Vitamins and minerals are essential nutrients your body needs in small amounts to work properly.
Most people should get all the nutrients they need by eating a varied and balanced diet. If you choose to take vitamin and mineral supplements, be aware that taking too many or taking them for too long can cause harmful effects.
Some people may need to take vitamin and mineral supplements. For information on who could benefit from supplements, see Do I need vitamin supplements?
The pages in this section contain advice and information about vitamins, minerals and trace elements essential for health, including:
- What they do
- How much you need
- What happens if you have too much
- Safety advice about supplements
What are vitamins?
There are two types of vitamins: fat-soluble and water-soluble.
Fat-soluble vitamins are found mainly in fatty foods such as animal fats, including butter and lard, vegetable oils, dairy foods, liver and oily fish.
While your body needs these vitamins every day to work properly, you do not need to eat foods containing them every day.
This is because your body stores these vitamins in your liver and fatty tissues for future use. These stores can build up so they are there when you need them. However, if you have much more than you need, fat-soluble vitamins can be harmful.
Fat-soluble vitamins are:
- Vitamin A
- Vitamin D
- Vitamin E
- Vitamin K
Water-soluble vitamins are not stored in the body, so you need to have them more frequently.
If you have more than you need, your body gets rid of the extra vitamins when you urinate. As the body does not store water-soluble vitamins, these vitamins are generally not harmful. However, this does not mean that all large amounts are necessarily harmless.
Water-soluble vitamins are found in fruit, vegetables and grains. Unlike fat-soluble vitamins, they can be destroyed by heat or by being exposed to the air. They can also be lost in water used for cooking.
This means that by cooking foods, especially boiling them, we lose many of these vitamins. The best way to keep as many of the water-soluble vitamins as possible is to steam or grill foods, rather than boil them.
Water-soluble vitamins are vitamin C, the B vitamins and folic acid.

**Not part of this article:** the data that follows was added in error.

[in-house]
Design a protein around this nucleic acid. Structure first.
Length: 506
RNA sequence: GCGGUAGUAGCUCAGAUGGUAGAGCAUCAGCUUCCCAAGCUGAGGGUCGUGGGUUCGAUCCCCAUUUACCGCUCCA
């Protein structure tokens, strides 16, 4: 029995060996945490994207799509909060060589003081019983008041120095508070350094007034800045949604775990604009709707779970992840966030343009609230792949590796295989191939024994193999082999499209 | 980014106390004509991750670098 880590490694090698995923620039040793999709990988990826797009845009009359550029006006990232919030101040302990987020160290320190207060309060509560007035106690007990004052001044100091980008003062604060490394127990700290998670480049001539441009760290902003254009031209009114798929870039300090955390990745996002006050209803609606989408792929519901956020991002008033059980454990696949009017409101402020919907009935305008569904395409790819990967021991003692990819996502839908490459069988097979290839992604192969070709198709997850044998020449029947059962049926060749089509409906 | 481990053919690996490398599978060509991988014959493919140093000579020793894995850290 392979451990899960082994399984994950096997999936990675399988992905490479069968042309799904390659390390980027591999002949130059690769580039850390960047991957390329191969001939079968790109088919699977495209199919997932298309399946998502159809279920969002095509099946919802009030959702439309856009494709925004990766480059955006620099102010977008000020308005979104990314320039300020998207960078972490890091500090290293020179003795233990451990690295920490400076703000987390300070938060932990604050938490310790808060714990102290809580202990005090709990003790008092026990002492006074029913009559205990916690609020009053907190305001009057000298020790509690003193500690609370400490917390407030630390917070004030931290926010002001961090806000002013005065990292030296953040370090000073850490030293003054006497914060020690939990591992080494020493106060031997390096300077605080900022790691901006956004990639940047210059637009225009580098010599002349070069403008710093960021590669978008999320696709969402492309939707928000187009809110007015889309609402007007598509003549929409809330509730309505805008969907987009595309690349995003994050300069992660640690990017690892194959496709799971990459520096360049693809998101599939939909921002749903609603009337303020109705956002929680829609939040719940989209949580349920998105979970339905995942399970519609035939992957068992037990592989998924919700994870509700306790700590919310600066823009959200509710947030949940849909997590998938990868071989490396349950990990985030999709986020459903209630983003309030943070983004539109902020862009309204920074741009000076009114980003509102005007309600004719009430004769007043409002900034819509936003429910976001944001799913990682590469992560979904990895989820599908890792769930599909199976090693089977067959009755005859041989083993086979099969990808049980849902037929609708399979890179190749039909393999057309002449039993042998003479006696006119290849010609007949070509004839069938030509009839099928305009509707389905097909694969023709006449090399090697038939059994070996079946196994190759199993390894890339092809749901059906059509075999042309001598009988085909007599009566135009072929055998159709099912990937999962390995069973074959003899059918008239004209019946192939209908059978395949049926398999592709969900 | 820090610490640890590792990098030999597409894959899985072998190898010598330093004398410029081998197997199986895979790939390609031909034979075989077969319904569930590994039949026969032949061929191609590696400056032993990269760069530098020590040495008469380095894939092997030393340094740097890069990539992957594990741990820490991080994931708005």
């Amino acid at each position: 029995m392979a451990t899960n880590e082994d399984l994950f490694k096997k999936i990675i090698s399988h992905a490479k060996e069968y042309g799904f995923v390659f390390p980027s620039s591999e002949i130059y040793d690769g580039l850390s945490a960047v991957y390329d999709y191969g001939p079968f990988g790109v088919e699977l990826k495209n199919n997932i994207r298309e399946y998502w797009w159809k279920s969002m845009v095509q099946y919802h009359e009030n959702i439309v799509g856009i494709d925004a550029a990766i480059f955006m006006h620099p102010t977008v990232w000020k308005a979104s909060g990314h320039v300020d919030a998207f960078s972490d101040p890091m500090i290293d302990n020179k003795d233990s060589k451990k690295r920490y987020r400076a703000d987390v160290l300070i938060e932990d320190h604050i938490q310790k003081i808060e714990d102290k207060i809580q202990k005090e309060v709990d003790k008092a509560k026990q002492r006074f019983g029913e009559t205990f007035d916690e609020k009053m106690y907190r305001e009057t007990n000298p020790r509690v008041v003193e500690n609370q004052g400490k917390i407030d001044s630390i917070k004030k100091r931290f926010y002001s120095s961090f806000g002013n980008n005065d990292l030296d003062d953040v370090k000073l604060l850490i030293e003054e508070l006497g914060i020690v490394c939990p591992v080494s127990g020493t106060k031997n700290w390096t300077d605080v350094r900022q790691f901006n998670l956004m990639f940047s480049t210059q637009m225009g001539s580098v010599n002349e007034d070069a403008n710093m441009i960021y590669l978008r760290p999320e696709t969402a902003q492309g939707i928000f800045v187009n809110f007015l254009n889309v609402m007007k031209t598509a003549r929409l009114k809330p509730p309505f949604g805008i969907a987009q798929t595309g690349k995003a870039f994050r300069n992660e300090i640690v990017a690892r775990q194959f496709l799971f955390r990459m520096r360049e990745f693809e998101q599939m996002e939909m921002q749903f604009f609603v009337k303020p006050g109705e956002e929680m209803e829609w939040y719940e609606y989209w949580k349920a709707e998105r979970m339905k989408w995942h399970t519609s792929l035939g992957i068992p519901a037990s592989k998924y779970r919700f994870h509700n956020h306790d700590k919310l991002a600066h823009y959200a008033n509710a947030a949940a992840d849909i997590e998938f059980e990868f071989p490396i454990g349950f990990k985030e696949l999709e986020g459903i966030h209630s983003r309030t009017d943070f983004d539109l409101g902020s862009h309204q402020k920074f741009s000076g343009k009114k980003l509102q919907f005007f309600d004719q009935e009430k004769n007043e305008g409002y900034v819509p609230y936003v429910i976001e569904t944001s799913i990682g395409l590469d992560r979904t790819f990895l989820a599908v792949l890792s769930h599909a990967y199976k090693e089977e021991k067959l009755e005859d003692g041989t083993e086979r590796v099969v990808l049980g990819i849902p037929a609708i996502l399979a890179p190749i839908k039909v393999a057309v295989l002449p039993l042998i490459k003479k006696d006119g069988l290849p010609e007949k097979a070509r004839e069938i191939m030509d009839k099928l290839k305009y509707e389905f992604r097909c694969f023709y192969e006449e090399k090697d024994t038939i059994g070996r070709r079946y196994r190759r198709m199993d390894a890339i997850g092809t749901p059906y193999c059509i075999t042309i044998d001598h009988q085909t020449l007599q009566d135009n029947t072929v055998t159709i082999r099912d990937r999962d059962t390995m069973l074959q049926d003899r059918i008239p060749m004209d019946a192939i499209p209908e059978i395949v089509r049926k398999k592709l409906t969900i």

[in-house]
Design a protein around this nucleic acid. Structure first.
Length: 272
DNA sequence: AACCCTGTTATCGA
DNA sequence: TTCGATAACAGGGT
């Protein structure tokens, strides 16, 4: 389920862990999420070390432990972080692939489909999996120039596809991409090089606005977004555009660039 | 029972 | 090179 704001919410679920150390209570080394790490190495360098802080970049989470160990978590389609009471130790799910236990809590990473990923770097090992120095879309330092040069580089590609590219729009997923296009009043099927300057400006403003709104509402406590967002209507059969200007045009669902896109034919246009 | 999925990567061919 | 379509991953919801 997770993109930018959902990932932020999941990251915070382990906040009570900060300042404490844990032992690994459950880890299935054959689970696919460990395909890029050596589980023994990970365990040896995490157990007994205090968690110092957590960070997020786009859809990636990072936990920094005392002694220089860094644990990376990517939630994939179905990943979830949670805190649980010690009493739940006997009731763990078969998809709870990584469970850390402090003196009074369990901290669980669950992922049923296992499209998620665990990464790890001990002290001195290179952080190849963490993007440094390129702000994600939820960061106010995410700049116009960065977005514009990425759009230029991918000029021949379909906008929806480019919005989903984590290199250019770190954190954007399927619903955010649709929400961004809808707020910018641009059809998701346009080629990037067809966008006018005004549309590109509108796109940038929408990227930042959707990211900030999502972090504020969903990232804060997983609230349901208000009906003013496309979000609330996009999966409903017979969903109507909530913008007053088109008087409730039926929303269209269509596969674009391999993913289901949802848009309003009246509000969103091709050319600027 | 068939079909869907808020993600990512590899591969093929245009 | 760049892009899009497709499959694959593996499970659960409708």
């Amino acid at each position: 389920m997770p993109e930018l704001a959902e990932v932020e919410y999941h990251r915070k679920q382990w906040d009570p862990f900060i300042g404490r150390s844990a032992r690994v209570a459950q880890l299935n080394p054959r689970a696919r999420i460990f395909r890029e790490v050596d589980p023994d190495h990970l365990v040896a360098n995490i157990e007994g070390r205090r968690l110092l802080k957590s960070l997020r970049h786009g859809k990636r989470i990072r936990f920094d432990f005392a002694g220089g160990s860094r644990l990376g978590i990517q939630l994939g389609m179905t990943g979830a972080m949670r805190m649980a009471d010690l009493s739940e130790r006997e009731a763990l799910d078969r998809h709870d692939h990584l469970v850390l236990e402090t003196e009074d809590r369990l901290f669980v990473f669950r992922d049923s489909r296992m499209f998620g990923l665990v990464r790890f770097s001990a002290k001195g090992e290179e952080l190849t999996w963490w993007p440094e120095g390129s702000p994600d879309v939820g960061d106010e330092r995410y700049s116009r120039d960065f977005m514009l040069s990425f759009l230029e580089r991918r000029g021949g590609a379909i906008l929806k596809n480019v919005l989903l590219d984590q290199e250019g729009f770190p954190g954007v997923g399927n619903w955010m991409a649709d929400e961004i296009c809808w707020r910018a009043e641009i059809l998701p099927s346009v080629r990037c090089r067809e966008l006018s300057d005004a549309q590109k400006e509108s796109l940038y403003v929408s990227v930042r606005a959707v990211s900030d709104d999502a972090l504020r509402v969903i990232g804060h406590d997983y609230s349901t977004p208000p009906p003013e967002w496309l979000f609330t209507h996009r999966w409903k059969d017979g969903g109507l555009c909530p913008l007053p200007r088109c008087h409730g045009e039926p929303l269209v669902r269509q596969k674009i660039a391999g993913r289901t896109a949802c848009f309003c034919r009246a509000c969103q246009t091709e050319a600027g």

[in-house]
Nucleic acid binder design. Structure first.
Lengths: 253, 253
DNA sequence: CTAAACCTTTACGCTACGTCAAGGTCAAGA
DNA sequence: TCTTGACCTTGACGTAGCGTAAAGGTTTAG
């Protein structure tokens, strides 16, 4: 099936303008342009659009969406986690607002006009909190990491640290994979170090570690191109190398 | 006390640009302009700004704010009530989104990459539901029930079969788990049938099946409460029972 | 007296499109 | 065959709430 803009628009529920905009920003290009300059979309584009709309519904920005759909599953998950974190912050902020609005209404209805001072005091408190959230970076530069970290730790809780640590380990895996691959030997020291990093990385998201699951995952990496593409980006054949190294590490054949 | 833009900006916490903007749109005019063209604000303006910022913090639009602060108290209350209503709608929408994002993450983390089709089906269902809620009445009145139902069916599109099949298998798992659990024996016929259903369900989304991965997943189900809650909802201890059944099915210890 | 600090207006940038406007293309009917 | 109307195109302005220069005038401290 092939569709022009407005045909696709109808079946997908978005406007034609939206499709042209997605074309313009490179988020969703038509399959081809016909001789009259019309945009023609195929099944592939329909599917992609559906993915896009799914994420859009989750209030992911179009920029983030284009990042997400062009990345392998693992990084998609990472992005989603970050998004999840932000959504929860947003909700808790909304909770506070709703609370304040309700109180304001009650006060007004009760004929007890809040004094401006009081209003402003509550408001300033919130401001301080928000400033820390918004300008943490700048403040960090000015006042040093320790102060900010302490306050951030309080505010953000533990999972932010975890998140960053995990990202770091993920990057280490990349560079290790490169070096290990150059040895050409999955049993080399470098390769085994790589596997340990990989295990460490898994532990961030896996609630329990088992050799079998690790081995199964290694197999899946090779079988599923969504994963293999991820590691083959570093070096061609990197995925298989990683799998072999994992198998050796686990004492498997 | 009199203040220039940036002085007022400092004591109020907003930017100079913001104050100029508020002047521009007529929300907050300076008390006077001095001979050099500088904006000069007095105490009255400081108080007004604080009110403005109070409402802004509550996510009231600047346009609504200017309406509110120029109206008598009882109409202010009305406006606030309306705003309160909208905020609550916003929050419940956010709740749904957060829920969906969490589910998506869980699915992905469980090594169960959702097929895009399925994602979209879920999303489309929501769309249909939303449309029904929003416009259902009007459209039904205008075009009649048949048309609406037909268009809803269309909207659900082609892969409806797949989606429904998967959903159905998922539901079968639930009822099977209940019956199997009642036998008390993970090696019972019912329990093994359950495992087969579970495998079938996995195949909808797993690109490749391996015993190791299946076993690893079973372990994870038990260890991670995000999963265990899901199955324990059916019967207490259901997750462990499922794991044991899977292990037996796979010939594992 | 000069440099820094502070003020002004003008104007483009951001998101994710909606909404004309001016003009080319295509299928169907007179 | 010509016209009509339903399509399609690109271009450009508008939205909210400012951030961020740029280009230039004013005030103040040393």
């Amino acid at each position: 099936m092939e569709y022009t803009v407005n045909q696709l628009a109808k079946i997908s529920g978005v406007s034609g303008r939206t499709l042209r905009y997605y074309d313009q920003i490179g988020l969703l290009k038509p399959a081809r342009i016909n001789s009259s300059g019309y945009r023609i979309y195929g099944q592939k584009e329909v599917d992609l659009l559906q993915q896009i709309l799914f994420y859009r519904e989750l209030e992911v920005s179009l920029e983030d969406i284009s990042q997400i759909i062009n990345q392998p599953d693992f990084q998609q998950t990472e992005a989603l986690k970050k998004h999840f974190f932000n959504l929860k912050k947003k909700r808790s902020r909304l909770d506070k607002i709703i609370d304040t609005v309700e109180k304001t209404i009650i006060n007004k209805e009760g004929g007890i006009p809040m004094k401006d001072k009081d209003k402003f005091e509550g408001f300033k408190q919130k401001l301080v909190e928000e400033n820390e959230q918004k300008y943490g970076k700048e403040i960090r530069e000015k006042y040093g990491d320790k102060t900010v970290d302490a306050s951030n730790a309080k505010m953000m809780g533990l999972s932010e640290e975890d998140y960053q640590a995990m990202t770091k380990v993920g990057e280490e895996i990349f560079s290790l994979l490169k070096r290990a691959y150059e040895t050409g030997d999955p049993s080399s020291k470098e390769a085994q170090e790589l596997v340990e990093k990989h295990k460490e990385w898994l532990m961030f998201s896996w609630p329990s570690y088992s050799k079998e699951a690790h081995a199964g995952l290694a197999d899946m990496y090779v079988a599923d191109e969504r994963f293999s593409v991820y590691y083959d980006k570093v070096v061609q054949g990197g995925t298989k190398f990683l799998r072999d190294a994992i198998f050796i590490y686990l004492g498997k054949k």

There are also many other types of vitamins that are an important part of a healthy diet.
What are minerals?
Minerals are necessary for three main reasons:
- Building strong bones and teeth
- Controlling body fluids inside and outside cells
- Turning the food you eat into energy
Minerals are found in foods such as meat, cereals (including cereal products such as bread), fish, milk and dairy foods, vegetables, fruit (especially dried fruit) and nuts.
Essential minerals include calcium and iron, although there are also many other types of minerals that are an important part of a healthy diet.
What are trace elements?
Trace elements are also essential nutrients that your body needs to work properly, but in much smaller amounts than vitamins and minerals.
Trace elements are found in small amounts in a variety of foods such as meat, fish, cereals, milk and dairy foods, vegetables and nuts.
What are vitamins and minerals?
Vitamins and minerals are essential nutrients that your body needs in small amounts to work properly. For example:
- Iron has several important roles in your body, such as making red blood cells
- Calcium builds strong bones and teeth
- Vitamin C also has several important roles, such as keeping cells healthy
You can find out more information about vitamins and minerals.
When are supplements recommended?
Many people choose to take supplements, but taking too much or taking them for too long could be harmful. The National Institute for Health and Clinical Excellence (NICE) recommends certain supplements for some groups of people who are at risk of deficiency, including: